I decided to do a live-coded session revisiting the quiz. I had graded a bunch of the programming problems on the quiz. I saw several different strategies for solving those two problems. I had a unique teachable moment here — every student had attempted these two problems. They were primed for the right answer. I decided to solve the problems in a live-coding session (starting from a blank editor, and talking aloud as I wrote the code) in each of the ways that I saw students doing it — three ways for the first problem, four ways for the second problem. While I wrote, I drew pictures to describe the behavior, drawing from Sorva’s visualization approach and the SILC emphasis on sketching rather than diagrams. After writing each program, I tested it on a picture. Along the way, I answered questions and wrote additional examples based on those questions.

This idea is based on Marton’s Variation Theory. You have to vary critical aspects of examples for students to figure out the differences. Janet Kolodner talks about a similar idea when she emphasizes contrasting cases for learning informed by case-based reasoning.  In SBF terms, I was keeping the Function constant, but varying the Structure and Behavior. In Goal-Plan-Code terms, I was achieving the same Goal, but varying the underlying Plan and Code.

Could an exploration of these variations/contrasts help students see how the code changes related to behavior changes?  I don’t actually know how to evaluate the result as a researcher, but as a teacher, I got good response from students.  I’m looking forward to seeing how they do on similar problems on future quizzes.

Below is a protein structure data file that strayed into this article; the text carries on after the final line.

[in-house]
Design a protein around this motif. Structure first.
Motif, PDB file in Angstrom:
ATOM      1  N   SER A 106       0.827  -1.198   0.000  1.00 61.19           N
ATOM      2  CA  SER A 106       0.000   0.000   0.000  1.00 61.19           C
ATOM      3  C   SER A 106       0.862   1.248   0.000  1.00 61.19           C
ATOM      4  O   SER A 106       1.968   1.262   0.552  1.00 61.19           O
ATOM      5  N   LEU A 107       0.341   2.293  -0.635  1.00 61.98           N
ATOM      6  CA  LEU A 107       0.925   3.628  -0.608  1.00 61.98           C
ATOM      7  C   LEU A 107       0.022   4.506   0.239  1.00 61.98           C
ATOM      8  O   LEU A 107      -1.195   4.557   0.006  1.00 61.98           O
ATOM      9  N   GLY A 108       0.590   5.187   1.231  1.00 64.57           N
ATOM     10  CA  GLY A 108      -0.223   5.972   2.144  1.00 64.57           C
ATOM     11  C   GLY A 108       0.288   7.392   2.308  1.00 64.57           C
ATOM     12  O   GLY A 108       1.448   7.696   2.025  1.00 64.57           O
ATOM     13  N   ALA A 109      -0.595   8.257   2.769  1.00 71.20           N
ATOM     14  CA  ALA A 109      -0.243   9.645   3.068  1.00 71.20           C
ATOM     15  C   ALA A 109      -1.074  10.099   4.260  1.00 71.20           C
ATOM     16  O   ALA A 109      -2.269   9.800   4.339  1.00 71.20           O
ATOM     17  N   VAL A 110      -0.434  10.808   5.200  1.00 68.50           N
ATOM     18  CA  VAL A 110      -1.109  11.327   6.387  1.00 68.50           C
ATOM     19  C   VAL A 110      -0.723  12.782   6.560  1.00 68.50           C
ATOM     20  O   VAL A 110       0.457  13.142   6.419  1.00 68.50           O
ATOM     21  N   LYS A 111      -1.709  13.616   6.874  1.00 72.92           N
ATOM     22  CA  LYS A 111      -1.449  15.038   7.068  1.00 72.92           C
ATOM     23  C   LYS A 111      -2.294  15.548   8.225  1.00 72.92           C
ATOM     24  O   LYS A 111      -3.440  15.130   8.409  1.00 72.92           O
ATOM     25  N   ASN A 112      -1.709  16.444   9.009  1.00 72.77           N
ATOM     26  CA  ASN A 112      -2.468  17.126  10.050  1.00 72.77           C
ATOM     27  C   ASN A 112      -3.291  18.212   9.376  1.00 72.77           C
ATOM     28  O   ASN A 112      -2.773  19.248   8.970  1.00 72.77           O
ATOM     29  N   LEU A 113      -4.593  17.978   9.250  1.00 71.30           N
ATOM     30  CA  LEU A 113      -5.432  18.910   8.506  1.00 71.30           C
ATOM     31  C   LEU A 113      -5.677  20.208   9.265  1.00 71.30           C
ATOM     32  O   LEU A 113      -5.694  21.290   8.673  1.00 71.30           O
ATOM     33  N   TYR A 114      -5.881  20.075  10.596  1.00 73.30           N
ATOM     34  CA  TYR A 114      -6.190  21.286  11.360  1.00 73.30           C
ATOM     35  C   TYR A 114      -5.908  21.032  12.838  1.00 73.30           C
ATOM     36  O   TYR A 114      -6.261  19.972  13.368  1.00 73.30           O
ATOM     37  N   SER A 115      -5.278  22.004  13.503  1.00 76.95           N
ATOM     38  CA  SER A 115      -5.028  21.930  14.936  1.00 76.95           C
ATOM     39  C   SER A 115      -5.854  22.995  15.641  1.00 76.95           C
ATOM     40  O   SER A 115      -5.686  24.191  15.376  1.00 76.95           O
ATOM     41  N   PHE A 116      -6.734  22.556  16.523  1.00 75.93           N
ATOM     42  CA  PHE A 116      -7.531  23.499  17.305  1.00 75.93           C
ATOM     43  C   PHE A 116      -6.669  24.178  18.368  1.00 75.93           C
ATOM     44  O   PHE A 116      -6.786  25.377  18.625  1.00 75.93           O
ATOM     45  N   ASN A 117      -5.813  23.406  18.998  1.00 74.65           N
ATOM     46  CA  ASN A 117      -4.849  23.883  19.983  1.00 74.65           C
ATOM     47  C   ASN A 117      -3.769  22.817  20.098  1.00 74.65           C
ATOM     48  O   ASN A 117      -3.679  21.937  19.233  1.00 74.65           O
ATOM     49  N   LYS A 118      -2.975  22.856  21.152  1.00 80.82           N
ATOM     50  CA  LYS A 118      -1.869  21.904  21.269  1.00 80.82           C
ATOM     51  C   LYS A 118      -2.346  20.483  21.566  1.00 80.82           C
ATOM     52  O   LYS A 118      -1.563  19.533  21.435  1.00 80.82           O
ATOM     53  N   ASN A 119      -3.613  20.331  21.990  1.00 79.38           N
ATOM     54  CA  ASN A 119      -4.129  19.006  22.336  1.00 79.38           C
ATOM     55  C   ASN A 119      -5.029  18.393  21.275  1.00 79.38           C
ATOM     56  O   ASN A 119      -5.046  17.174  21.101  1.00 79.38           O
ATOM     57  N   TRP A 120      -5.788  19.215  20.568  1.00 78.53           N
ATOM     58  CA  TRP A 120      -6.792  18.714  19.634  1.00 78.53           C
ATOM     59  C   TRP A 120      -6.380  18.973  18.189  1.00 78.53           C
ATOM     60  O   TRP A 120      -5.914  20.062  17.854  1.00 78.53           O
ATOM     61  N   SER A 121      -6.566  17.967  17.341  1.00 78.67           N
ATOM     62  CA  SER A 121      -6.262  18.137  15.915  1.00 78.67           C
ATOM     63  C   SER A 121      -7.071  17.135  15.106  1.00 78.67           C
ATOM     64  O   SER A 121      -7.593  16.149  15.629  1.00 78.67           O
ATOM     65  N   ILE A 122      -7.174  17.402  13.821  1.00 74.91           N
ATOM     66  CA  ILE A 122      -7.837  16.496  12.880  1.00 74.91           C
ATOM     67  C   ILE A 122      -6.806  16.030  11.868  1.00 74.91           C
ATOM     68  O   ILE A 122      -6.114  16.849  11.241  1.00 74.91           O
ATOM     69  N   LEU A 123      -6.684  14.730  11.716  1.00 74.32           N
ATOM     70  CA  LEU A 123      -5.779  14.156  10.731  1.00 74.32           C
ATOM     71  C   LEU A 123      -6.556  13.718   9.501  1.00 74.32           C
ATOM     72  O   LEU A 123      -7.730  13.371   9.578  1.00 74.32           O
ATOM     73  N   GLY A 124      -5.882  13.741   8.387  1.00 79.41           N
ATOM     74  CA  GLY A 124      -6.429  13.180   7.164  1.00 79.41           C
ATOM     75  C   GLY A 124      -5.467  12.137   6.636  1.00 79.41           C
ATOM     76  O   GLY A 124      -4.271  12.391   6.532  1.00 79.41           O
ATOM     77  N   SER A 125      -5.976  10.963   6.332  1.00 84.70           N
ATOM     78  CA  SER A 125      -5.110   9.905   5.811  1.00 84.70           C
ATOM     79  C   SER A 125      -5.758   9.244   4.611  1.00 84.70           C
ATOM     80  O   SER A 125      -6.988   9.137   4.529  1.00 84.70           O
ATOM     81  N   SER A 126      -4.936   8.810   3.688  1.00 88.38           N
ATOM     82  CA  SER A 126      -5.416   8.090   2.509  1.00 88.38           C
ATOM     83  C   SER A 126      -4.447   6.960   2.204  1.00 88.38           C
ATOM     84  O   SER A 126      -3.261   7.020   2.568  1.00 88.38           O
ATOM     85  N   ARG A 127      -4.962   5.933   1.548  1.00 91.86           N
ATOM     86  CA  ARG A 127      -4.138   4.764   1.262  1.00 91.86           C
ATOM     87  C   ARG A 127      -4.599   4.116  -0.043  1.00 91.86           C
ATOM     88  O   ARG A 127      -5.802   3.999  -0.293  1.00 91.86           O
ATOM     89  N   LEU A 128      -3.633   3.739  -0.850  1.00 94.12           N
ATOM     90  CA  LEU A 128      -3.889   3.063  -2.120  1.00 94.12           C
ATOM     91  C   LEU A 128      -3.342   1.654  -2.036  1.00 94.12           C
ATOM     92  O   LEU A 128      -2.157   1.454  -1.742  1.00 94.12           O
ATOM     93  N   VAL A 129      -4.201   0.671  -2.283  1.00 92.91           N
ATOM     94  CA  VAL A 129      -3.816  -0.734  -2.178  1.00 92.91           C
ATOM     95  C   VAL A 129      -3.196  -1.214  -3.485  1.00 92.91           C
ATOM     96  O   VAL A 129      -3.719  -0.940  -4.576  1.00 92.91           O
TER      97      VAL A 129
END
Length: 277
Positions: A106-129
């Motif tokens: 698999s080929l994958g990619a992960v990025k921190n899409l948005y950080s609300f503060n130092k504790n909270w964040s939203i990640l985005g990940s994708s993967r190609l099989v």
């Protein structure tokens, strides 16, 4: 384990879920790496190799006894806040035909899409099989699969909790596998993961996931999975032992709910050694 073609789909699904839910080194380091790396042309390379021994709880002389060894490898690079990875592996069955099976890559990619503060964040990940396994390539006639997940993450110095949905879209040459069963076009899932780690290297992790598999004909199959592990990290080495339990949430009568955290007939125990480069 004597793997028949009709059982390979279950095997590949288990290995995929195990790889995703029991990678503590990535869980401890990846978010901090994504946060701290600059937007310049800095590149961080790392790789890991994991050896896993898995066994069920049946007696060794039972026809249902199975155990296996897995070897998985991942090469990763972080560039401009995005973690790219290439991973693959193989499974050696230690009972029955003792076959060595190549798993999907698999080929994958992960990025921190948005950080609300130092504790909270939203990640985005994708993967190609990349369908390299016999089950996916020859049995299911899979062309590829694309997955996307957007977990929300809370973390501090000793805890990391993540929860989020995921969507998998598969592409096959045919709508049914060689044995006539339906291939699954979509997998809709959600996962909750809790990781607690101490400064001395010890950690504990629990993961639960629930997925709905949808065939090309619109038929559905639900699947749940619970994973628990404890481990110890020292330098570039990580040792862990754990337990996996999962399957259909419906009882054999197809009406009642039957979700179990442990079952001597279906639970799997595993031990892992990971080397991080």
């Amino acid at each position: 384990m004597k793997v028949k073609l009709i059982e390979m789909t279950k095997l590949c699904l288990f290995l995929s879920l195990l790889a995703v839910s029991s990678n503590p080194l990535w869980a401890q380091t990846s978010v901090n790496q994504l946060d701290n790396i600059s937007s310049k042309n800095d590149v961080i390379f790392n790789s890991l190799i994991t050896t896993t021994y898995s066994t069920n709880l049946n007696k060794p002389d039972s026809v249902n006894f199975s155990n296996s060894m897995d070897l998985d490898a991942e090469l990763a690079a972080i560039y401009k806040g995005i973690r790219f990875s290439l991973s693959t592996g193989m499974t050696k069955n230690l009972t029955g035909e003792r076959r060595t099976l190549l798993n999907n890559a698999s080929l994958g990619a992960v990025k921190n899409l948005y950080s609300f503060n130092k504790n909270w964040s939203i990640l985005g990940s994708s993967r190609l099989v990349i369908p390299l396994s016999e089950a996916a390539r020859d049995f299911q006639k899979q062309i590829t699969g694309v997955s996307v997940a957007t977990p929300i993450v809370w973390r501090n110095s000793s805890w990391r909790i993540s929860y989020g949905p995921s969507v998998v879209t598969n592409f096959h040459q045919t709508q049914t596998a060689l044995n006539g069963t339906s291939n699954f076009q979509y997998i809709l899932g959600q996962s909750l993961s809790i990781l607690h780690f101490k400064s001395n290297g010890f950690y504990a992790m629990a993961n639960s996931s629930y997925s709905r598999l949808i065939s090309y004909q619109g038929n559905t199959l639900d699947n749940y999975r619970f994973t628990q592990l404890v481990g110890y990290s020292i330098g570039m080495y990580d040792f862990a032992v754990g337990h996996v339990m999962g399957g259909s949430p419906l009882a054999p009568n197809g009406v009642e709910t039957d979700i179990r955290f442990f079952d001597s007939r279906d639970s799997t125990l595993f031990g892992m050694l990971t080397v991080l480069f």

The rest of this blog post is a static replay of the lecture. I’ll show you the slides I showed, the sketches I made, and the code I wrote (while talking aloud).

Problem clearTopHalf

Solution #1: Iterate through all pixels

def clearTopHalf1(pic):
  h = getHeight(pic)
  for pixel in getPixels(pic):
     y = getY(pixel)
     if y < h/2:
       setColor(pixel,white)

Solution #2: Iterate through half of the pixel indices

def clearTopHalf2(pic):
  all = getPixels(pic)
  for index in range(0,len(all)/2):
    pixel = all[index]
    setColor(pixel,white)

Solution #3: Iterate through all x and y positions in the top half

def clearTopHalf3(pic):
  h = getHeight(pic)
  w = getWidth(pic)
  for y in range(0,h/2):
   for x in range(0,w):
    pixel = getPixel(pic,x,y)
    setColor(pixel,white)

A student asked, “Could we do x first and then y?” Sure!

def clearTopHalf3b(pic):
  h = getHeight(pic)
  w = getWidth(pic)
  for x in range(0,w):
    for y in range(0,h/2):
       pixel = getPixel(pic,x,y)
       setColor(pixel,white)

Pause for Reflection and Discussion

At this point, I asked students to turn to the person next to them and ask, “Which one do you prefer? Which makes the most sense to you?”

I always encourage students to discuss during peer instruction questions. I have never had such an explosion of noise as I did with this invitation. From wandering around the room, what I heard students discussing was, “This is what I did, and this is what I got wrong.”